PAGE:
Passport as a Coaster sounds about right. Too dangerous out there in the world.

Unknown said...

San Miguel de Allende. A beautiful old (F. 1542) town in the mountains of Mexico. Plenty of expats living there. The weather is always dry and the climate is very reasonable year round. Good food. There are hot springs just north of town. The people are friendly. There is a pyramid just SW of town. It is a UNESCO historic site and SMA managed to avoid being modernized and is classic example of colonia architecture.

It is in Guanajuato state and it is very safe there. There is no state dept advisory for Guanajuato.

I try to go and visit once a year. My older brother has been living there since 2005.

Unknown said...

Had your passport exceeded the ten year expiration date, or was it still valid? I've let mine lapse, but I agree with you that you should maintain it.

rcocean said...

Or boat Cruise on the Danube. Don't fly to Europe - take the Queen Mary.

rcocean said...

We will live vicariously through you.

Unknown said...

Had your passport exceeded the ten year expiration date, or was it still valid? I've let mine lapse, but I agree with you that you should maintain it.

Annie C said...

Why are you waiting until February? Is the eye surgeon booked?

William said...

I have the money and time to travel, but unfortunately you have to go by plane to get to distant places. That sucks. Planes are absolutely the worst way to travel. They're worse than subways......Foetunately with the new high def televisions you can see all the intricate wonders of Baroque churches. With your new eyes, the television experience will be much more impactful and rewarding,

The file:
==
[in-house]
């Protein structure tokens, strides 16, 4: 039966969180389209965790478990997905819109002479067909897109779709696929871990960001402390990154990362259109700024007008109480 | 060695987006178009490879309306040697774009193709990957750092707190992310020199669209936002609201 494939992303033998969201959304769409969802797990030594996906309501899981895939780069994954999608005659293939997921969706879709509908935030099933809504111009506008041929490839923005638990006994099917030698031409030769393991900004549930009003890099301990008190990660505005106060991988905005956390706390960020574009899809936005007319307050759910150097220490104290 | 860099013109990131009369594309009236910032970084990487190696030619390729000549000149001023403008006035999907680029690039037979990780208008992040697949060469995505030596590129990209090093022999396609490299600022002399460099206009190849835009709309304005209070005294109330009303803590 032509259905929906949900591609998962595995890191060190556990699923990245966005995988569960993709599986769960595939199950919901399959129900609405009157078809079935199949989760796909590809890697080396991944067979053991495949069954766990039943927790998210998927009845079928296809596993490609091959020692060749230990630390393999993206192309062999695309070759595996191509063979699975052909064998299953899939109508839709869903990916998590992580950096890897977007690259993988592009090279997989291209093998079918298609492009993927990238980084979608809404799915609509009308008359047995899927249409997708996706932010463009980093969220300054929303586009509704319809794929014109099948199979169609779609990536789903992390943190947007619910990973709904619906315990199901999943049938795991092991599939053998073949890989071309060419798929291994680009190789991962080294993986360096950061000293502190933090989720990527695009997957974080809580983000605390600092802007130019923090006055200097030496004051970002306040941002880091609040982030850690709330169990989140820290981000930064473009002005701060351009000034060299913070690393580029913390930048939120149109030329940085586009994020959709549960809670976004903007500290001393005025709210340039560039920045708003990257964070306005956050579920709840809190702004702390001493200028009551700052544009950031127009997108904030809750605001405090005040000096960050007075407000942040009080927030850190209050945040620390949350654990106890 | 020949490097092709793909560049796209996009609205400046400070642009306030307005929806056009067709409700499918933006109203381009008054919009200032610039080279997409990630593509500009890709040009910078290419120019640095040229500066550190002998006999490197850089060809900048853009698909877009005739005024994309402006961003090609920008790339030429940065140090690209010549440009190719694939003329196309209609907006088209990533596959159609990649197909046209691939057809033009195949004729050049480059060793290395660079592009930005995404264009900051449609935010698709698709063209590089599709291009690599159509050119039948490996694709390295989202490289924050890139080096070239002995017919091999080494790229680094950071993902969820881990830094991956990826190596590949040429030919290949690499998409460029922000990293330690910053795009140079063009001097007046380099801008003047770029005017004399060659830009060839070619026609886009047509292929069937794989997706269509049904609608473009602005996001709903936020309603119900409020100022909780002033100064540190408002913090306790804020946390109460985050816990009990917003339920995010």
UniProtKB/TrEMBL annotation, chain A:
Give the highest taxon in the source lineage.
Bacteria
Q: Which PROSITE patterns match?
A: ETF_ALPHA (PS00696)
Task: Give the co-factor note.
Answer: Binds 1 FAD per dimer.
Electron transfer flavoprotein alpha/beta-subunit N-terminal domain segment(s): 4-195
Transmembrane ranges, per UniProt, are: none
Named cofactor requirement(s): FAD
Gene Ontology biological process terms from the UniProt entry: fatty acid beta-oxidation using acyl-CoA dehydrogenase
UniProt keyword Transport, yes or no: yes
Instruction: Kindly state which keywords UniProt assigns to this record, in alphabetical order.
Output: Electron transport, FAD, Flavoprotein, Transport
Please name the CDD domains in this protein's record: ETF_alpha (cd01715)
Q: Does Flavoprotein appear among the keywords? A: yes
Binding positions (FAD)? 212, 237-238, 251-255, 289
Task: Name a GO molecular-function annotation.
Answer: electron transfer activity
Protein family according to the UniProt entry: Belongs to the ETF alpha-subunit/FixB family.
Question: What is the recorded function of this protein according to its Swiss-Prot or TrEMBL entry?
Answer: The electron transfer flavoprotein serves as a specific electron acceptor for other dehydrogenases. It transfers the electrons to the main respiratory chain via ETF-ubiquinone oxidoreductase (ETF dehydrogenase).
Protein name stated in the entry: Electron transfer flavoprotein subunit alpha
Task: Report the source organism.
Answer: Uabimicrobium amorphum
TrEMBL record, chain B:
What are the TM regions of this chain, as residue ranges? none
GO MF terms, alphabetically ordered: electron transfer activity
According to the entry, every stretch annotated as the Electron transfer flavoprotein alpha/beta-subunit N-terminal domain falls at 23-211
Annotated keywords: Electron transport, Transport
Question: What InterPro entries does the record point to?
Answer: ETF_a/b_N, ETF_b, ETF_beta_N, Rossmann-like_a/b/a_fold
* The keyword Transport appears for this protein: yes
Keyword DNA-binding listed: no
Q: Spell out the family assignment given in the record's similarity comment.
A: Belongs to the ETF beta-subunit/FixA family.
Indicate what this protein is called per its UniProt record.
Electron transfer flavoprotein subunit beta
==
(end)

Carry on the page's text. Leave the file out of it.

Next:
ALP said...

If you don't want to go far...Canada. From my point in WA state, small towns of Vancouver Island are wonderful, such as Sooke. There are probably some nice spots just north of you in WI.

stever said...

First: The eye thing is a game changer.

Travel Options: I have two
New Zealand/Australia - You would have fun
Japan and/or China - You would experience a different world

ALP said...

Ditto the Montreal suggestion!

Ice Nine said...

That's a difficult question to answer without knowing how experienced a traveler you are, and corollary to that, where you have and haven't been. If you're fairly new to the game, Paris (and frankly, anywhere in France) is the obvious answer. The world's greatest city. And don't listen to the yammering about the "rude French" etc. And as long as we are on the basics, Italy, Spain and /or Portugal, of course.

Been around? then Eastern Europe is fabulous and still not terribly tourist-ruined.